(v) China is moving towards an information-based and services economy. Hitherto, China has grown through a dynamic manufacturing economy. A shift towards information technologies and service industries is not straightforward, however. A culture of risk and innovation is part and parcel of a successful entrepreneurial economy in the modern world. This does not map easily onto China’s increasingly dictatorial and repressive style of government. Creativity and innovation thrive on the dream of something better and permission to question the status quo. China’s public and professional institutions, meanwhile, rely on a culture of conformity and deference to authority. In the recent past, China looked to the West for models of success; no more. Time will tell whether its intended move towards an information- and service-based economy can succeed without allowing room for creative dissent. In the meantime, the ‘brain drain’ of China’s intellectual, artistic, and entrepreneurial elite runs strong, with talented, ambitious young Chinese making new lives in liberal democracies. The West ought to take note of the potential of fostering dialogue and relationships with these key individuals, and not lose sight of its own role in technological innovation.
(vi) The Chinese government is fearful. Totalitarian regimes are built on fear. This is true of Xi’s China. Purges of detractors and dissenters are commonplace. They also expose fissures at the heart of the ruling party. President Xi’s adjustment of the constitution, so he (like Putin) can serve in perpetuity, was only possible because he threatened or removed critics and rivals under his ‘Anti-corruption campaign of the 18th National Congress’ (中共十八大以来的反腐败工作). The simple fact is a weak ‘rule of law’ and culture of strongman leadership has meant few have accrued power, wealth or influence in ‘New China’ without direct and indirect involvement in some kind of corruption. Lack of a mature legal structure has meant economic success at home and abroad involved for the vast majority ‘going the back door’ (走后门). No one is entirely innocent. Even some who have sought to use their new wealth to break free from CCP controls overseas have been chased, chastised, imprisoned, or conveniently ‘disappeared’. Even the once free-market entrepreneur Jack Ma (b. 1964), former CEO of Alibaba, has become a Party stooge. Elites within the Party become victims of the system. We shouldn’t underestimate how many in China toe the party line in public while dreaming of a different future for their country.
(vii) China is vulnerable to Western claims to the moral high ground. The text and subtext of much publicity out of Beijing is ‘the China Way’ is better. Some believe this, many do not. The plight of the Uyghurs has undermined claims of a ‘benevolent China’. Quitting his predecessor’s ‘soft power’ strategy, Xi Jinping is gambling on China being able to buy itself a better global reputation. Many in the CCP question this. Hence, the continuing presence of officials’ children in elite western schools and their palpable desire for a better future for their children than in ‘One Party’ China.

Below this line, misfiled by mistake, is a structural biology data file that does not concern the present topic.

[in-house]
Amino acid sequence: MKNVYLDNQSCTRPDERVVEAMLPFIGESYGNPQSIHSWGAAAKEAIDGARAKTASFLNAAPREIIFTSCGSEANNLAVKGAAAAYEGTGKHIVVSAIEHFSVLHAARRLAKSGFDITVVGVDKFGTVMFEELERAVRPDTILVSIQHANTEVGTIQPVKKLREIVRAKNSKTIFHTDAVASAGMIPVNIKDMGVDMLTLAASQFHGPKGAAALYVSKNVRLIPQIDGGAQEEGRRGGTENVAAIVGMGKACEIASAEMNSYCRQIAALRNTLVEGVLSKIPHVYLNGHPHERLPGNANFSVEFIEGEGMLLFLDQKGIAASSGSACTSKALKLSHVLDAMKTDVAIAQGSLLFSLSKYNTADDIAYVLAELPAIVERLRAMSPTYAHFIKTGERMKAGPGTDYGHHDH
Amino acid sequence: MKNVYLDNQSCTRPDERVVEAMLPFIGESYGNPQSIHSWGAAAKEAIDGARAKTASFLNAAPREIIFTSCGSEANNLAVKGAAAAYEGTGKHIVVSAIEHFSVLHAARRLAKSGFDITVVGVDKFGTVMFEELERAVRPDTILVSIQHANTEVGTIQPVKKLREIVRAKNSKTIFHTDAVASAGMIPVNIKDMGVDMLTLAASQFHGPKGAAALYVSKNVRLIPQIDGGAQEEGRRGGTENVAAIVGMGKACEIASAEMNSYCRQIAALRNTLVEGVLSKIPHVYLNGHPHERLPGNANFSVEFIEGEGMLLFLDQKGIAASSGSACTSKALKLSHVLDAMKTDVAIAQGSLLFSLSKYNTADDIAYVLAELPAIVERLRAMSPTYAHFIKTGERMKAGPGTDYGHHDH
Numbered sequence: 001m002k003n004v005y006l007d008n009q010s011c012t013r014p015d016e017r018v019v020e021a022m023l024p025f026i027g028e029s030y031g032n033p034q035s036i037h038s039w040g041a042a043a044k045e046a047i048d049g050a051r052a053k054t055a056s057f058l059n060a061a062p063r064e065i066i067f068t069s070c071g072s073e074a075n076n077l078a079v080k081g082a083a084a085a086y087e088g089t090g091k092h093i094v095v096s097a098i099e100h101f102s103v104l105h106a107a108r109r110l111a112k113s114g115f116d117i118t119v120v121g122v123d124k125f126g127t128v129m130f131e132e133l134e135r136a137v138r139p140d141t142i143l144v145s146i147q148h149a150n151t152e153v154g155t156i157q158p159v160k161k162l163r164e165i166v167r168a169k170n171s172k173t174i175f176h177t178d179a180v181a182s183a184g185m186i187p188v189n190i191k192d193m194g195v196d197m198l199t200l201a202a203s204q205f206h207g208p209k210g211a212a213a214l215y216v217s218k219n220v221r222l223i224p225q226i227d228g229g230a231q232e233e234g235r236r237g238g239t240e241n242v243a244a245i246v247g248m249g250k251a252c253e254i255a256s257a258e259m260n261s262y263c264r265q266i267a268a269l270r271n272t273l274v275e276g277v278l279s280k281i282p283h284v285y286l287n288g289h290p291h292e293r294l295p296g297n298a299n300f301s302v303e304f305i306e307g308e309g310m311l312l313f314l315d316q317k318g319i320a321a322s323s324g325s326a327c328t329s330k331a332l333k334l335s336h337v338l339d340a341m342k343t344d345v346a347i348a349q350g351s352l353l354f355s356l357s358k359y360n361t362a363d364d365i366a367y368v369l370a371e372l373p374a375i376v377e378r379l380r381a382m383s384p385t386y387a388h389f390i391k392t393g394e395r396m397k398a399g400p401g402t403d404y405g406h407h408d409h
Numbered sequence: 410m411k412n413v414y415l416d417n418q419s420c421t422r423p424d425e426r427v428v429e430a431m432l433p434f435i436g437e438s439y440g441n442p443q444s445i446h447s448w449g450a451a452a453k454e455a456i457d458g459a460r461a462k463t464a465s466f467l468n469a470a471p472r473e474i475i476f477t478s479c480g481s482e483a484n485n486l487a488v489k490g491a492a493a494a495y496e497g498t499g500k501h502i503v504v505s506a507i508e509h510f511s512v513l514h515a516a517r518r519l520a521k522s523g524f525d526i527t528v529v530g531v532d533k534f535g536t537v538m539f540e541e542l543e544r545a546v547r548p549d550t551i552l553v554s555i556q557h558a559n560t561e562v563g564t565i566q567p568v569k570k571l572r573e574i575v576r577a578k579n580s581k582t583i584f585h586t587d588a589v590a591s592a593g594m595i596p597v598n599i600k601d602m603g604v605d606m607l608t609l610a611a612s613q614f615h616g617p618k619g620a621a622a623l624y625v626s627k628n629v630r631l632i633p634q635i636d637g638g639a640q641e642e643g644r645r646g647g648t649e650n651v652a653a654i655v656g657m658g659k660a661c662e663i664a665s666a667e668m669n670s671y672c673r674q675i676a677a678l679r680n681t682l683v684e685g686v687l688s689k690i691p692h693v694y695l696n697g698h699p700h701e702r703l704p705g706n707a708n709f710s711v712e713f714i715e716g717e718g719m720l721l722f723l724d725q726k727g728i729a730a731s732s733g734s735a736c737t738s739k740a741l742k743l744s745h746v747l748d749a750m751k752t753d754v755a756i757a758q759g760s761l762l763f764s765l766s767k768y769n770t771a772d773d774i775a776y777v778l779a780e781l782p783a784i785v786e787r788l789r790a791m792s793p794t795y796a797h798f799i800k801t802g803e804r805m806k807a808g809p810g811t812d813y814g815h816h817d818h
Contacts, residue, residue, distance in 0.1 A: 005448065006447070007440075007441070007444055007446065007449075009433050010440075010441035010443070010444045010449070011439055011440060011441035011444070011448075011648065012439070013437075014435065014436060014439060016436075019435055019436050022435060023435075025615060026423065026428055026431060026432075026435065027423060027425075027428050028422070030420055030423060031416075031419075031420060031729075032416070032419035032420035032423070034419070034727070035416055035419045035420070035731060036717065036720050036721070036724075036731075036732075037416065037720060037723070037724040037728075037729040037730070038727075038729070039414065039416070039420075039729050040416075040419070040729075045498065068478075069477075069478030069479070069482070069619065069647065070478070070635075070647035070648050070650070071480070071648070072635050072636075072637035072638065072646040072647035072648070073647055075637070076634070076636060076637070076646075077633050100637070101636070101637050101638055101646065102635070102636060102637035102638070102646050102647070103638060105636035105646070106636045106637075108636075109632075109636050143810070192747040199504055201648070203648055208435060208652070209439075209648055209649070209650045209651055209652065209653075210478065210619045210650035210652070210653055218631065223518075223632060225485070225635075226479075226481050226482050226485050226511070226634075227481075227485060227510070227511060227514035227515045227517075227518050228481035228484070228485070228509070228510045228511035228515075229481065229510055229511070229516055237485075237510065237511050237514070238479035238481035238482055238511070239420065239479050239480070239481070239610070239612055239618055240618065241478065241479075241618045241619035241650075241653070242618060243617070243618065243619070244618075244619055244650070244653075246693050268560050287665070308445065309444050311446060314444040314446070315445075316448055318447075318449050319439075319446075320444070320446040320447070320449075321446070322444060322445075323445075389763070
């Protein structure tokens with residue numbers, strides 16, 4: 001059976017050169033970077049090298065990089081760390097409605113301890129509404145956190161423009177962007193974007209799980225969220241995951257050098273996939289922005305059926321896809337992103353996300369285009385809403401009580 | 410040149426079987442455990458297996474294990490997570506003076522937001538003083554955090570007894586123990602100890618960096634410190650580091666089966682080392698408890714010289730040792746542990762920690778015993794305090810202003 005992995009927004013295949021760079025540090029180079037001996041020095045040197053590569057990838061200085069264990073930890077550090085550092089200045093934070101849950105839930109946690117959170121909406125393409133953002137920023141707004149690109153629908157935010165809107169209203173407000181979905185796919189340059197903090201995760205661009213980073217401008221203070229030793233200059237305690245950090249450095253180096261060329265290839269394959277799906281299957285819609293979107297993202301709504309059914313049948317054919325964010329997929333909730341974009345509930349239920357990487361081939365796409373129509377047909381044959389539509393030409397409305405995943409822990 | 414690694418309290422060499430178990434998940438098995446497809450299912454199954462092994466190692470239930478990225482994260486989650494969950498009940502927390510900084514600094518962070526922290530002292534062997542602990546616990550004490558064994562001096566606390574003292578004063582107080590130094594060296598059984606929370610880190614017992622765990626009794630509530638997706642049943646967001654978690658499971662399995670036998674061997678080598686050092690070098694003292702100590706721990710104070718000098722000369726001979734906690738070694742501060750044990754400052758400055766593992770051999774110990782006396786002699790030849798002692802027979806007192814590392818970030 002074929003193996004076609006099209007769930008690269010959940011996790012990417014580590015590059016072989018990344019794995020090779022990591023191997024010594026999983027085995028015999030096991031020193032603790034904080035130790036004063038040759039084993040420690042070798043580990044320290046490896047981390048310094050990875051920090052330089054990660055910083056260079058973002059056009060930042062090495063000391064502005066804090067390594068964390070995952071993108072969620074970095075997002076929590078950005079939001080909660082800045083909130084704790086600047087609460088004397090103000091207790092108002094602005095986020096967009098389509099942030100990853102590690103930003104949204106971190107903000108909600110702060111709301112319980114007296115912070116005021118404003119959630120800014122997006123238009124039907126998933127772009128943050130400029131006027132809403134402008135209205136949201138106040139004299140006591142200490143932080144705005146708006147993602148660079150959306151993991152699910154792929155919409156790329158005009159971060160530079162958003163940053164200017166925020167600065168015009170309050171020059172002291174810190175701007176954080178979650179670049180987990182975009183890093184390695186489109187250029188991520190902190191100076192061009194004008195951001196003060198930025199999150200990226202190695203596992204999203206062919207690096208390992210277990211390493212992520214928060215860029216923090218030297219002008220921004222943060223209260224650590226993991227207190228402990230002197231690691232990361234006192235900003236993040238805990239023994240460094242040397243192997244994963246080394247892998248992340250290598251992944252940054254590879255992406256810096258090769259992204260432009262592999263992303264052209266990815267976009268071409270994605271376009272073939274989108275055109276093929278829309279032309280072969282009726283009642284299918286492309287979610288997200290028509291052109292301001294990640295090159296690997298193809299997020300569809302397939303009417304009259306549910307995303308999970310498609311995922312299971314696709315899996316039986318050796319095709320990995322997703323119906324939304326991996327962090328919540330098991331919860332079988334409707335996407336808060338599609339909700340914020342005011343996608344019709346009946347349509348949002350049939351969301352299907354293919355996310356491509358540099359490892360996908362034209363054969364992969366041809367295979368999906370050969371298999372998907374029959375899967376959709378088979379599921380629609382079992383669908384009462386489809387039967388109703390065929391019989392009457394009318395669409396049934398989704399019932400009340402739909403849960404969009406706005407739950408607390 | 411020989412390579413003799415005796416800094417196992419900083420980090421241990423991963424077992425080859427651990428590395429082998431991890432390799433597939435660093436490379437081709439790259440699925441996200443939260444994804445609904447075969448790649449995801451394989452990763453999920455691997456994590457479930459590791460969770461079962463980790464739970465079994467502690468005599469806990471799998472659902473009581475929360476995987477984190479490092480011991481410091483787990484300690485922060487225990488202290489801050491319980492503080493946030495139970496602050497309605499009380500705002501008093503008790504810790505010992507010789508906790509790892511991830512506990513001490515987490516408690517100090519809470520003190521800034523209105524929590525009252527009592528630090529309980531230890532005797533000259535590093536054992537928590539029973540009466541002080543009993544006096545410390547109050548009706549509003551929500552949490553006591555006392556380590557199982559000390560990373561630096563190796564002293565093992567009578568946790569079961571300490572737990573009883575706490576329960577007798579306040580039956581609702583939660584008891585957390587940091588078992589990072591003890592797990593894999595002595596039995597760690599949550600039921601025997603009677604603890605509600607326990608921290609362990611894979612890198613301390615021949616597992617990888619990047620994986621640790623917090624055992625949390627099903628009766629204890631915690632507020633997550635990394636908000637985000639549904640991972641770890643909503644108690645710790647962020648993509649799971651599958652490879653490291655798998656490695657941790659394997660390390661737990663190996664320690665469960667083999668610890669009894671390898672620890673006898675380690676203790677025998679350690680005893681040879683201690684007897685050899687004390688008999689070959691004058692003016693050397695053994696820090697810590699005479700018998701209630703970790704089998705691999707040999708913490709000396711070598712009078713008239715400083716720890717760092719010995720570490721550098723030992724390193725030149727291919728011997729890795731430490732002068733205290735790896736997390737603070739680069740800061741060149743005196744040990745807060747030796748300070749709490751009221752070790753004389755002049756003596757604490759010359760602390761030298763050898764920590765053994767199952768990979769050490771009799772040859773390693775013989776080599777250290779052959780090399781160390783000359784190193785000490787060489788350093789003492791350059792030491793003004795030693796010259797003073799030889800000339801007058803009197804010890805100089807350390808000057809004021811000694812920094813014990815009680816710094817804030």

The anti-American media critic Sima Nan (司马楠; b. 1956) is an interesting case in point. Hailed as a patriot for his assaults on US Human Rights, Nan caused a scandal when it emerged back in 2012 that his family lived in the US. His reply when challenged? ‘I attack the USA for my job; I visit the USA for my life.’ Such cases are not uncommon. Western powers should factor in the life and times of the expatriate offspring of China’s elites: in time they may hold the key to ‘New China’s’ new future.
Paul Golf, Associate
 The published English differs significantly here from the Chinese original: Original: 加大对天主教、基督教神学思想建设及成果转化的支持和保护. Official English translation: ‘[HRAP] supports and protects Christian denominations in their efforts to adapt Christian theology to the Chinese context and communicate it to the believers.’ Actual meaning: ‘[HRAP] increases its support and protection of the construction and successful transformation of Roman Catholic and Christian (sic) theological thought.’
 NB., the number of Muslims and Christians is probably higher, but PRC statistics are famously politicised. Religion is not supposed to flourish in an ideal Marxist state.
 The meticulous analysis and dissemination of evidence by German anthropologist Dr. Adrian Zenz (b. 1974) are almost certainly behind the PRC leadership’s engagement with interlocutors on the Xinjiang issue.
 On the crisis, see the recent Bloomberg article: https://www.bloomberg.com/news/articles/2022-01-27/china-is-said-to-weigh-breaking-up-evergrande-to-contain-crisis.